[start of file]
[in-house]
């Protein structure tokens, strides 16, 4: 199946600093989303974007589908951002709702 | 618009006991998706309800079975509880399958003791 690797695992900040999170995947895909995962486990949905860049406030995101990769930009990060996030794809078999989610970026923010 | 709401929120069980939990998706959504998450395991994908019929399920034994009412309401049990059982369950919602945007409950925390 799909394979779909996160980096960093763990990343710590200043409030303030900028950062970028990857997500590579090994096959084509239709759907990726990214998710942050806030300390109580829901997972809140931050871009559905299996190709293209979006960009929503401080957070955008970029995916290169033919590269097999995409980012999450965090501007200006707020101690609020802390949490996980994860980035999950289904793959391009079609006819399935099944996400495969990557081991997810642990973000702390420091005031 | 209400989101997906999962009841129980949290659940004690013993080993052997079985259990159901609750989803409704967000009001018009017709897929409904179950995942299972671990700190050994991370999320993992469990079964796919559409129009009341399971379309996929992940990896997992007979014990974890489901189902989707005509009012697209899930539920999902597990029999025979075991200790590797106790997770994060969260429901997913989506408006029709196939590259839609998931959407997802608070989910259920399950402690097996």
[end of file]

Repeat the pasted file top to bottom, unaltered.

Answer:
[in-house]
């Protein structure tokens, strides 16, 4: 199946600093989303974007589908951002709702 | 618009006991998706309800079975509880399958003791 690797695992900040999170995947895909995962486990949905860049406030995101990769930009990060996030794809078999989610970026923010 | 709401929120069980939990998706959504998450395991994908019929399920034994009412309401049990059982369950919602945007409950925390 799909394979779909996160980096960093763990990343710590200043409030303030900028950062970028990857997500590579090994096959084509239709759907990726990214998710942050806030300390109580829901997972809140931050871009559905299996190709293209979006960009929503401080957070955008970029995916290169033919590269097999995409980012999450965090501007200006707020101690609020802390949490996980994860980035999950289904793959391009079609006819399935099944996400495969990557081991997810642990973000702390420091005031 | 209400989101997906999962009841129980949290659940004690013993080993052997079985259990159901609750989803409704967000009001018009017709897929409904179950995942299972671990700190050994991370999320993992469990079964796919559409129009009341399971379309996929992940990896997992007979014990974890489901189902989707005509009012697209899930539920999902597990029999025979075991200790590797106790997770994060969260429901997913989506408006029709196939590259839609998931959407997802608070989910259920399950402690097996």